He talks about home as a place where the only way to leave is to die, but not even that works, because just as the idea of home seems to haunt Samson, so do the people who once made up home, even after they’ve long died. His song “Night Windows” is about such ghosts, and Samson’s ends with a bunch of half-finished things he would say, were he to pass one of those specters on a fall Winnipeg night: “Remember How…I’m Sorry That…I Miss The Way…Could We.”

I think it appeals to me because I’m obsessed with the idea of home, of producing roots and lacerating them, when home changes and whether you grow with it or wriggle out it. Of civic pride in towns where most residents don’t know the name of the guy who founded their town. But you’ve all got homes, and these songs might make you think about them a little more. That’s what I can hope.

I do need to make it clear, it’s not just John’s show, and hopefully these songs prove that. Whether in the wood-worn solo of “Elegy for Elsabet” or the lilting Pedal Steel on “Benediction,” Stephen Carol is a beautiful, emotive guitar player. The rhythm section of Greg and Jason plow through punk song like a kid who’s a natural at driving stick, and support the band’s quieter tendencies with grace and innovation; see Jason’s drumming on “Left and Leaving” or Greg’s lulling bass on “Sun in an Empty Room.”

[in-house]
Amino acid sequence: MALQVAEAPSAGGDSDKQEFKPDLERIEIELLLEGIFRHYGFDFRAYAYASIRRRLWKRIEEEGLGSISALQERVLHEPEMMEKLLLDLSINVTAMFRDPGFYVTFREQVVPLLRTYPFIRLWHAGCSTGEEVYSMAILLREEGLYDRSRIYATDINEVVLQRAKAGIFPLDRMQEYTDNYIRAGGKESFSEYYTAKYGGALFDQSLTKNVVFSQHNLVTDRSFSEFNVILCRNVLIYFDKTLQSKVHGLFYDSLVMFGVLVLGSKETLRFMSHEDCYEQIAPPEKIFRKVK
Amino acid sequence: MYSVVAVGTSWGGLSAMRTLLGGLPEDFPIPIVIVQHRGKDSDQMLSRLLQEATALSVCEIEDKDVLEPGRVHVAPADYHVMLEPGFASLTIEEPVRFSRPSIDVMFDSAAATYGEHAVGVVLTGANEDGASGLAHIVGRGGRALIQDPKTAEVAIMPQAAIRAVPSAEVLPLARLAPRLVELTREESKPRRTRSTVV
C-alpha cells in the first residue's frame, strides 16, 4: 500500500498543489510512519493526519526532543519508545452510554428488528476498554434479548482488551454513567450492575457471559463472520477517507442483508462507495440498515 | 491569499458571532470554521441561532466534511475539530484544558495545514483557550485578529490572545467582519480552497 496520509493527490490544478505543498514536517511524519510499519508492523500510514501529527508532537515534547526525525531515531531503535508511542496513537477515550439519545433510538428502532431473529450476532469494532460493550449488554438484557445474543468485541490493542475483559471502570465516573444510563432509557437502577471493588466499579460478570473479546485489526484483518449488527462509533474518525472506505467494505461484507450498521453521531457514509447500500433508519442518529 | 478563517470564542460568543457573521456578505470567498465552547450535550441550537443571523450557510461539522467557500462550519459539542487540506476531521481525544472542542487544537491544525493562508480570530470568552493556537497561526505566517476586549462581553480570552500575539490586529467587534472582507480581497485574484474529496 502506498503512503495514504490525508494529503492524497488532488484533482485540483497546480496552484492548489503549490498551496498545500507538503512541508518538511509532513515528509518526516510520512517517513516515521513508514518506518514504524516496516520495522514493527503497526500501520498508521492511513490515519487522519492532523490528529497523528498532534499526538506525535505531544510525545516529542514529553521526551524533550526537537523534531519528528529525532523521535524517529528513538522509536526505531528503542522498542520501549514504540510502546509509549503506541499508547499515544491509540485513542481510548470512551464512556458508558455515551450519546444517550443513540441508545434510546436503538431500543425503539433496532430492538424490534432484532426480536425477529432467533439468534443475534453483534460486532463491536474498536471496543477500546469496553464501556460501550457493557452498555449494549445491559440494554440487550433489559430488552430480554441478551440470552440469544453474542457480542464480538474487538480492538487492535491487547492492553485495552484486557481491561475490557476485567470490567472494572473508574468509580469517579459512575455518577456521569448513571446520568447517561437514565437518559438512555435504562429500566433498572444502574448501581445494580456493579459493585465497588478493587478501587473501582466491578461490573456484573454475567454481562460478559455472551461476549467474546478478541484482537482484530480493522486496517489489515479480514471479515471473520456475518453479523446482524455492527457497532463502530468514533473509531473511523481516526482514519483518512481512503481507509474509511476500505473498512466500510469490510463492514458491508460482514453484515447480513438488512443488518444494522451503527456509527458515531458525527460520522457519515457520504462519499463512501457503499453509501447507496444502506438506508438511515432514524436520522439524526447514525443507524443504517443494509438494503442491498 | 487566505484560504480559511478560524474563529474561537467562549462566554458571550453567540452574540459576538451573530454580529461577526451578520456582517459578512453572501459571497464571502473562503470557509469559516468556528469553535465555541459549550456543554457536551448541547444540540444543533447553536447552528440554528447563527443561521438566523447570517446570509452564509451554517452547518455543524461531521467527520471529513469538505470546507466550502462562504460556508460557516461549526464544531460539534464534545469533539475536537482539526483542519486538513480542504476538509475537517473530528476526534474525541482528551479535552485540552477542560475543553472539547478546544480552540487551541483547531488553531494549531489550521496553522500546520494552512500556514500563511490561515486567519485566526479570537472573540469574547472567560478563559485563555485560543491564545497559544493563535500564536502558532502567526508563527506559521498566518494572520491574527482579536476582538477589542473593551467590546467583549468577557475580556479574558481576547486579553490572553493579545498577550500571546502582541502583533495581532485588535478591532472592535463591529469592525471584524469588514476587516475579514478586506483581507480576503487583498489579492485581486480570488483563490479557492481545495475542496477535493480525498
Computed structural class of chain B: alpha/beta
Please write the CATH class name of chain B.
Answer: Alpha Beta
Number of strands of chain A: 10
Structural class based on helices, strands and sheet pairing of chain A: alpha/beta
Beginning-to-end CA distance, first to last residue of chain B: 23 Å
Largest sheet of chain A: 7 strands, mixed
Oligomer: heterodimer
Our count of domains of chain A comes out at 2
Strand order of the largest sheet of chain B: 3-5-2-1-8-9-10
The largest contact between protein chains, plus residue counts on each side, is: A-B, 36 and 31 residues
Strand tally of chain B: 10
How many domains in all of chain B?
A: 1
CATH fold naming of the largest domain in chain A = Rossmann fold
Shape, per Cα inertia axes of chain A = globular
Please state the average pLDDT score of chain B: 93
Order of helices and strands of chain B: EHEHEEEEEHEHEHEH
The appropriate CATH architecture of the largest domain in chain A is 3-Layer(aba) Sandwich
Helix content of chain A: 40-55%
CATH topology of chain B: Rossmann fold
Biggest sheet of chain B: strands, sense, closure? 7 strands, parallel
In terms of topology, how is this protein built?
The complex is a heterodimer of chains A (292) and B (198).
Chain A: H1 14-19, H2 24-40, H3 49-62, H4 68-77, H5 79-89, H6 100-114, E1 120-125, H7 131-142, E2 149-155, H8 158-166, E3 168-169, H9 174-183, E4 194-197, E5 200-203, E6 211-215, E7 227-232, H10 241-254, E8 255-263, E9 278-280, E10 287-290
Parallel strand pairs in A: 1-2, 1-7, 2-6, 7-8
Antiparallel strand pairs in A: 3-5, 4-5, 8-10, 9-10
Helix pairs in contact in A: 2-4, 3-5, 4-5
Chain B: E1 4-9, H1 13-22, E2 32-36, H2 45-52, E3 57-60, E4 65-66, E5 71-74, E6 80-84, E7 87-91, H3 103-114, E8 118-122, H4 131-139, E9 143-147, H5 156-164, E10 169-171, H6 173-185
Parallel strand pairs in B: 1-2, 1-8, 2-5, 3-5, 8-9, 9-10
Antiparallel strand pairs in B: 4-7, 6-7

SONGS: The band has shed many of their noisier, punkier tendencies since their first album, but I wanted to give that wonderful side of them as much time as their later work. In some cases, the live songs I picked are personal preference and not that important, but the live take on “Benediction” (which still features Sarah Harmer’s vocals) is much better than the album version, a rare instance of overproduction on a Weakerthans track.  In addition, I’ve only included a few songs from the band’s most recent album, Reunion Tour. While I don’t think this album holds up quite as well as the band’s past releases, there are many worthwhile tracks on it, including first single “Civil Twilight” and part two in the Virtute saga, “Virtute the Cat Explains Her Departure.”

NOTE: While The Weakerthans are not an especially prolific group (man is it tough to have a favorite band who make you wait 4-5 years between albums!), there is plenty of miscellanea to tide you over.  Check out Samson’s solo album, Little Pictures, which was recorded in between his split from Propagandhi and his formation of The Weakerthans. You can download it from G7 Welcoming Committee. In addition, I’d recommend the literate, intricate releases by Samson’s wife, Christine Fellows, which Samson often guests on. Jason Tait has recorded with Broken Social Scene.  Also, the band’s music videos are beautiful, funny, and always worth watching.

LINK: Click the list below to hear every album by The Weakerthans for FREE on!

Click to hear The Weakerthans for FREE on!


“Aside” from Left and Leaving

“Plea From A Cat Named Virtue” from Reconstruction Site

“Left and Leaving” from Left and Leaving


Gabe Kalmuss-Katz is a midwesterner at heart who recently semi-reluctantly moved from Michigan to Brooklyn. He has already scouted out the 5 liquor stores in New York City which sell Goose Island. He is a case manager at a restorative justice community court in Red Hook, and spends far too much of his time writing about music at his blog, Songs Save Lives.

~ by Brad East on October 8, 2009.